When we last examined the FDA’s sporadic effort to update the archaic “intended use” regulations (primarily 21 C.F.R. §§201.128 (drugs), 801.4 (devices)), the 2017 bait-and-switch amendment to these regulations had been put on ice.  That has led to the bizarre Westlaw “currentness” notice for these regulations:

<Text of section effective upon the effective date of the amendment by 82 FR 2217, delayed indefinitely by 83 FR 11639.>

First, a brief orientation.  As we’ve discussed, the FDA has largely given up trying to justify the sentence in these regulations that can be read as creating a new “intended use” based on nothing more than the regulated party’s knowledge of off-label use of its product.  In 2015, it tried to sneak through such a change, hoping to avoid First Amendment-based comments.  This Blog helped blow the whistle on that.  The final rule, however, issued in January, 2017, three days before the new administration took power, was completely different – and much worse – than the proposal had received notice and comment.  The new administration thus put that proposal into suspended animation – and that’s where it remained until just recently.

Last month the FDA decided to try again.  See Regulations Regarding “Intended Uses,” 85 Fed. Reg. 59718 (FDA Sept. 23, 2020).  First, the abortive 2017 final rule will be finally interred.  “This action will . . . repeal and replace the portions of a final rule issued on January 9, 2017, that never became effective.”  Id. at 59718.  Second, the FDA proposes eliminate the mere knowledge language – without the 2017 bait and switch.  Here is what the new language looks like, compared to what was previously on the books (ignoring the abortive 2017 attempted change):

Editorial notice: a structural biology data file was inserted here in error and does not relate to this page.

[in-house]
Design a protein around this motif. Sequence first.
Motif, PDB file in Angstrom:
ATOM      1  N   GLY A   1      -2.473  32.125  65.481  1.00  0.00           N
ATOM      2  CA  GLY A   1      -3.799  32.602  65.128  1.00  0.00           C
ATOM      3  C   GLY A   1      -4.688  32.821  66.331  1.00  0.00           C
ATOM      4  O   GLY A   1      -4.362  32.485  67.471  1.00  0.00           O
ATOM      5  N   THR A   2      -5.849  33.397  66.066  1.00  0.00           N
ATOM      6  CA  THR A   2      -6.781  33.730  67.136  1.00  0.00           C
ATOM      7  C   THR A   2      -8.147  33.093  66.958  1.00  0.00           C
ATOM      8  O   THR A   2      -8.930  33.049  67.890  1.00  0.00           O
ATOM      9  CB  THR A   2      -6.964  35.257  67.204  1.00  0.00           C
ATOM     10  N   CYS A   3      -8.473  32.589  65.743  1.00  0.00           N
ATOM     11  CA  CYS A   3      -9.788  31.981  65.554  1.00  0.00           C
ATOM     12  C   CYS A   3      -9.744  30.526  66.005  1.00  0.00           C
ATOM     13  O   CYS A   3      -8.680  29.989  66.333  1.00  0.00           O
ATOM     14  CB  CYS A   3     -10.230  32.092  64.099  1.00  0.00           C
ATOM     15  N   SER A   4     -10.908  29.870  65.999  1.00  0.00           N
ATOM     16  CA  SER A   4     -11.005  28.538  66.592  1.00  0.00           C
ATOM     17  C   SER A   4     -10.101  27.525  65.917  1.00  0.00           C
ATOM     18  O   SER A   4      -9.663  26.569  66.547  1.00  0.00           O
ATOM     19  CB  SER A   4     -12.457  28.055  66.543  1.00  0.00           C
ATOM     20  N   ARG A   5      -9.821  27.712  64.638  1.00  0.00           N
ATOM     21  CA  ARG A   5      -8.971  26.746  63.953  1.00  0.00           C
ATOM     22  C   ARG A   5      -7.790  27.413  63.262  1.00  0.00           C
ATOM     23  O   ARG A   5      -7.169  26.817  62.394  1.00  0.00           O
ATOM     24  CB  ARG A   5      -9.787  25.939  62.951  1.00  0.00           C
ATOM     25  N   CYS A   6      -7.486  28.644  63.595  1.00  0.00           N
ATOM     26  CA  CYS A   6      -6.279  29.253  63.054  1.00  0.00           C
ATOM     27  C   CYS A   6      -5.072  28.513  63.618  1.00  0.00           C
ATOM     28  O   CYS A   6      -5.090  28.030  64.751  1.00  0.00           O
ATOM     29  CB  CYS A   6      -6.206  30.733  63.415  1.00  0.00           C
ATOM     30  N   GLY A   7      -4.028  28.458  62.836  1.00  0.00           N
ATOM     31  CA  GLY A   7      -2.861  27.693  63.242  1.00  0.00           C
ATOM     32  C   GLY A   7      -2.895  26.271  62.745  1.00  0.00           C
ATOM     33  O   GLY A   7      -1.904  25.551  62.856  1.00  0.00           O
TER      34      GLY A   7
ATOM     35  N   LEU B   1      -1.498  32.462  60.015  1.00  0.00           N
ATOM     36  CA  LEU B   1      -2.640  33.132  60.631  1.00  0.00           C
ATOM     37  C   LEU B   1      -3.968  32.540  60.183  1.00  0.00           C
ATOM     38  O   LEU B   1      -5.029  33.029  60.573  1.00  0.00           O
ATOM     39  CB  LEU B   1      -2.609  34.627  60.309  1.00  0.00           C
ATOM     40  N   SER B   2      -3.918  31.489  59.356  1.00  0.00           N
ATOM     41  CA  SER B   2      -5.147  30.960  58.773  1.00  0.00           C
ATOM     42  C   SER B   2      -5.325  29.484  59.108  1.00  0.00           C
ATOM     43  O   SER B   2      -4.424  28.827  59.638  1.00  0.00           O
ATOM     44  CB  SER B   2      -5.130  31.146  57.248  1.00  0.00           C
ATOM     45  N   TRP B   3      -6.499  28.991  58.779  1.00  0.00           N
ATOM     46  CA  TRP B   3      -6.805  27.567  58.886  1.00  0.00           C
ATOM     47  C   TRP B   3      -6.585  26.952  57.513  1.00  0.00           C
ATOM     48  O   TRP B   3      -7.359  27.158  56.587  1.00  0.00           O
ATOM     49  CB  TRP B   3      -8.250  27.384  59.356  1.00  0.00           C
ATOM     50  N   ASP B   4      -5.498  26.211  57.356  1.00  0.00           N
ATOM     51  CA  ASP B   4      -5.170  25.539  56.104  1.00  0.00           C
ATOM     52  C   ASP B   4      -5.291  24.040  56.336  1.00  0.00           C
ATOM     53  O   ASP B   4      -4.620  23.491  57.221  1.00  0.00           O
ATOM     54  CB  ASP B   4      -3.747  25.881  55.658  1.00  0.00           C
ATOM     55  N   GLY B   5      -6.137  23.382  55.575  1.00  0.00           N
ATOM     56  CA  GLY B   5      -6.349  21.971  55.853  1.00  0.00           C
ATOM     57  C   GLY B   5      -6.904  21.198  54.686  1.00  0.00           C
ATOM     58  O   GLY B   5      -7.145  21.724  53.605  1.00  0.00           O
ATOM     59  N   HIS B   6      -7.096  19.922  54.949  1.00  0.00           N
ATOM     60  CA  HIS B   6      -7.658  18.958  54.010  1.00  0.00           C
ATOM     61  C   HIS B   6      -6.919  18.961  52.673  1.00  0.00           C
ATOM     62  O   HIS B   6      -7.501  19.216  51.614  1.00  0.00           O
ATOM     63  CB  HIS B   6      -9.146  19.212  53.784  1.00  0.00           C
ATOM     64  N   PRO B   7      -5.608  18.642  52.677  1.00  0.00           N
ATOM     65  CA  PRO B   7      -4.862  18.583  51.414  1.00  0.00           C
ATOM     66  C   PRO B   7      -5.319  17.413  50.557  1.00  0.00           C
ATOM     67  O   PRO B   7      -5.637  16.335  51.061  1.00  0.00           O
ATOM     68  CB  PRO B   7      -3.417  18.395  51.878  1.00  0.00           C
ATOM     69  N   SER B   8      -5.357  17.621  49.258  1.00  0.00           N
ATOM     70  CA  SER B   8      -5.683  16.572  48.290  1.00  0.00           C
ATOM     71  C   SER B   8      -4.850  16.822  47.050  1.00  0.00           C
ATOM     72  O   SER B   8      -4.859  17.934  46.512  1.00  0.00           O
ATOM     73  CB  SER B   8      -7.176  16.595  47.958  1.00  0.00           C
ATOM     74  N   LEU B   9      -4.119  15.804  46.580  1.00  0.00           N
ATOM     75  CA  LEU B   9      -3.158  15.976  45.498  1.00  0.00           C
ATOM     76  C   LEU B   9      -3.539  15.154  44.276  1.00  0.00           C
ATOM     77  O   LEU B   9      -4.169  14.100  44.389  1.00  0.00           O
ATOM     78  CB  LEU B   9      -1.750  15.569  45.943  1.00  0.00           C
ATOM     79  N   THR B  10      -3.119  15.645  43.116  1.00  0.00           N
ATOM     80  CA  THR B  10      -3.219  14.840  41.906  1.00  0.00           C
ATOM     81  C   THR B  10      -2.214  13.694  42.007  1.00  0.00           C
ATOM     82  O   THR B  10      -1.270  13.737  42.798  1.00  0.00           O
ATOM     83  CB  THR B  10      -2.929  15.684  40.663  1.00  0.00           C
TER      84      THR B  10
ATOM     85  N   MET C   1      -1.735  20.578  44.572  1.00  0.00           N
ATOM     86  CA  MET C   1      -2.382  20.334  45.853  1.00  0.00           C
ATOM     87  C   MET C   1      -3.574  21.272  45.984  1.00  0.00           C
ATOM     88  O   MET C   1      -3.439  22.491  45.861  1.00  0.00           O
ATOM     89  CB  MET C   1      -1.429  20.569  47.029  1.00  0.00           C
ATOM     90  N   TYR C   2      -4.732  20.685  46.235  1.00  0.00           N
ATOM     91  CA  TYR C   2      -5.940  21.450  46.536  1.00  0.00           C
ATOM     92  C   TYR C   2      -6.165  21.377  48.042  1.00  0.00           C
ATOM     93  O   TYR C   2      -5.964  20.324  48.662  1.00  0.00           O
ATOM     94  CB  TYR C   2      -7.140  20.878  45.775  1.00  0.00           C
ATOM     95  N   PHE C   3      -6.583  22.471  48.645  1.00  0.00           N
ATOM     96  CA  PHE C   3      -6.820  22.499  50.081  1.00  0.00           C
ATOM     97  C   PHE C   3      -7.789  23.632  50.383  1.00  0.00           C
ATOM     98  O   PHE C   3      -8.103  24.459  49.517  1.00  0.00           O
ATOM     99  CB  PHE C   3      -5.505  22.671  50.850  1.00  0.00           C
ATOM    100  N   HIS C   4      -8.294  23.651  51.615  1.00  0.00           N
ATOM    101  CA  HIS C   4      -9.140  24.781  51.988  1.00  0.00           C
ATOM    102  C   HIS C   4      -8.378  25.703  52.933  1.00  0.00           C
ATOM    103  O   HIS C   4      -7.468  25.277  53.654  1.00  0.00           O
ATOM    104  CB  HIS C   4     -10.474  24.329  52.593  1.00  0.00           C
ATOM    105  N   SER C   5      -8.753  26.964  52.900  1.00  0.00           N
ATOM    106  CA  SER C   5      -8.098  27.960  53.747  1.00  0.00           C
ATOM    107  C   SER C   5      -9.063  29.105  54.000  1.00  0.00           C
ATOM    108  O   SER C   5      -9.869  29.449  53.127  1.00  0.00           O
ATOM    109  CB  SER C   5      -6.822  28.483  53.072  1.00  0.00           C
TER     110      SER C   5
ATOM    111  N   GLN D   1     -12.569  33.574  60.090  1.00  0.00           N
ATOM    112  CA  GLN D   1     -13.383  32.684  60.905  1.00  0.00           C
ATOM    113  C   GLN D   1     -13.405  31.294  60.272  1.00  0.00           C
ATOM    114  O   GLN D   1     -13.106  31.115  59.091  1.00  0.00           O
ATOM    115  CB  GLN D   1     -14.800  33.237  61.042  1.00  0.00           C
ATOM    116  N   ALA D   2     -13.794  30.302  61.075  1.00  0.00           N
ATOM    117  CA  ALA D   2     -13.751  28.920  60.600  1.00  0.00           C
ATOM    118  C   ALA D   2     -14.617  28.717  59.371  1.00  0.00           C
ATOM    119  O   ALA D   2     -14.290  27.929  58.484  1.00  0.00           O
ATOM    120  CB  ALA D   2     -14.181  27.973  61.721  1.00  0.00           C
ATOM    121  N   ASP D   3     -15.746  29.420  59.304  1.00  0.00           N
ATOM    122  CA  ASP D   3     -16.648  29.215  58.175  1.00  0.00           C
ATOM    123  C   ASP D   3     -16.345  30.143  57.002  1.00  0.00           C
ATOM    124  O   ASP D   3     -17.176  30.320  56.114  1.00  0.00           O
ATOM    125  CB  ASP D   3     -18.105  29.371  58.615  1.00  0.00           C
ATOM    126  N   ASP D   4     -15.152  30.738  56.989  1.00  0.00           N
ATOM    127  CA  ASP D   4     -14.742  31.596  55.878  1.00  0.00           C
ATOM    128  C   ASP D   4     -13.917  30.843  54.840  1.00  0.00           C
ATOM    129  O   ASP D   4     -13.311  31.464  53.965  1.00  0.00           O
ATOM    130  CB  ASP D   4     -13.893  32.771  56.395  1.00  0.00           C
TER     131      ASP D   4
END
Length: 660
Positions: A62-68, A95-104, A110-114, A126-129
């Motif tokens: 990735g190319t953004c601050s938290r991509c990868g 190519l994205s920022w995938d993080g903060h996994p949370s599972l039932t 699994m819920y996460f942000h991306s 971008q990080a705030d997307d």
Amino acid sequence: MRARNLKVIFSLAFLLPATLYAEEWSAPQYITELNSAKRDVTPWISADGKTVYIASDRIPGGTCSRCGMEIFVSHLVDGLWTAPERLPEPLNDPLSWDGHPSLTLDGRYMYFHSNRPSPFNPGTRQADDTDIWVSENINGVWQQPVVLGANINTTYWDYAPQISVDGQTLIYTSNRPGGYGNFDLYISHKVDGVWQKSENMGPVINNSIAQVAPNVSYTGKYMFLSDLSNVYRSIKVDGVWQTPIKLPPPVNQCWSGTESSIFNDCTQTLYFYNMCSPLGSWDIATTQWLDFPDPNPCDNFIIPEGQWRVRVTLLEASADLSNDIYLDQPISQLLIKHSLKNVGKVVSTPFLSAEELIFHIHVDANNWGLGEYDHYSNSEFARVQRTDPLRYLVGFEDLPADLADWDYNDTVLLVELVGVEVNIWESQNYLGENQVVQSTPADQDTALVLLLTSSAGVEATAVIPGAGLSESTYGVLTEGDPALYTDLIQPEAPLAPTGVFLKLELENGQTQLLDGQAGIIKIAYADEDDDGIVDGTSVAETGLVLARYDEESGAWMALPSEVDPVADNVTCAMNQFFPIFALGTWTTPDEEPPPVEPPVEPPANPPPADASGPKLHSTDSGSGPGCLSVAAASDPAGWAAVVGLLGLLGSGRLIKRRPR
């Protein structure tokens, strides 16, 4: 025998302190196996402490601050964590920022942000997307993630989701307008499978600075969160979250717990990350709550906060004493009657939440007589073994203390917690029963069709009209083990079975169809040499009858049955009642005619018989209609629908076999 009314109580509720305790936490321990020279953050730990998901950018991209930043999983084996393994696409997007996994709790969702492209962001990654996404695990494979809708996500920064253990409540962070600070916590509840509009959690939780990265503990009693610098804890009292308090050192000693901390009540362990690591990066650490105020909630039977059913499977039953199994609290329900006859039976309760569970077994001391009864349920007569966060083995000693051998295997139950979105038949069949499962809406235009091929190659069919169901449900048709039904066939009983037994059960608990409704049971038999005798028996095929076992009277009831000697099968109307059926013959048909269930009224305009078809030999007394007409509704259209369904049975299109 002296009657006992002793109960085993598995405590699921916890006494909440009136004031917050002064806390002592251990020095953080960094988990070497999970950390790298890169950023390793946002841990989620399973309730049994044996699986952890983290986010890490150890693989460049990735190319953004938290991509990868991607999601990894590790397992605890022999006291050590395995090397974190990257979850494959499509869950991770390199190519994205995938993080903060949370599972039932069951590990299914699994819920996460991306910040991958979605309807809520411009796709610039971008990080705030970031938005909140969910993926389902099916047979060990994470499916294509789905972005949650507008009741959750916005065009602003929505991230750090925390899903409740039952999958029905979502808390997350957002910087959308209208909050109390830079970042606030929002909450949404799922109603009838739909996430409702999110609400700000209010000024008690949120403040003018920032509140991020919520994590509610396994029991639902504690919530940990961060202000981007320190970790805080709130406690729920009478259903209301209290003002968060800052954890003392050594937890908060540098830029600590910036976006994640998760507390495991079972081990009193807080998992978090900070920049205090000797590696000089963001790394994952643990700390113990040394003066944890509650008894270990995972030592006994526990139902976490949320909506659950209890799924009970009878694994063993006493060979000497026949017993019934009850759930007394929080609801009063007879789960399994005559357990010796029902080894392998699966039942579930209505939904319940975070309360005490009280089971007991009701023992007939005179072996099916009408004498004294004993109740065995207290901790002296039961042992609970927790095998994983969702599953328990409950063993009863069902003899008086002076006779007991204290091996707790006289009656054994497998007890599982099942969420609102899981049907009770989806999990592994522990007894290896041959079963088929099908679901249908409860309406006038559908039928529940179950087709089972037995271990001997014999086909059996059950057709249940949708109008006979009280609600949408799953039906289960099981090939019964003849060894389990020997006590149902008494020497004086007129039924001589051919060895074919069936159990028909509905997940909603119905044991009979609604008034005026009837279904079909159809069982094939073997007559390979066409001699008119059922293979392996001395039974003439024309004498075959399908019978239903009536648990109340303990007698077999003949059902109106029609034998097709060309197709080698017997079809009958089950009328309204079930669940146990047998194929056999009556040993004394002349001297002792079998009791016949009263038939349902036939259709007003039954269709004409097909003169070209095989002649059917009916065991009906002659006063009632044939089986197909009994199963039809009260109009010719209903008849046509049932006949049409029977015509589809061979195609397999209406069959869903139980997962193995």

The words intended uses or words of similar import in [relevant substantive regulatory sections] of this chapter refer to the objective intent of the persons legally responsible for the labeling of [drugs/devices] (or their representatives). The intent may be shown is determined by such persons’ expressions, the design or composition of the article, or may be shown by the circumstances surrounding the distribution of the article.  This objective intent may, for example, be shown by labeling claims, advertising matter, or oral or written statements by such persons or their representatives.  It Objective intent may be shown, for example, by circumstances in which the article is, with the knowledge of such persons or their representatives, offered or and used for a purpose for which it is neither labeled nor advertised; provided, however, that a firm would not be regarded as intending an unapproved new use for an approved drug based solely on that firm’s knowledge that such drug was being prescribed or used by health care providers for such use. The intended uses of an article may change after it has been introduced into interstate commerce by its manufacturer.  If, for example, a packer, distributor, or seller intends an article for different uses than those intended by the person from whom he or she received the [drugs/devices] article, such packer, distributor, or seller is required to supply adequate labeling in accordance with the new intended uses.  But if a manufacturer knows, or has knowledge of facts that would give him notice that a device introduced into interstate commerce by him is to be used for conditions, purposes, or uses other than the ones for which he offers it, he is required to provide adequate labeling for such a device which accords with such other uses to which the article is to be put.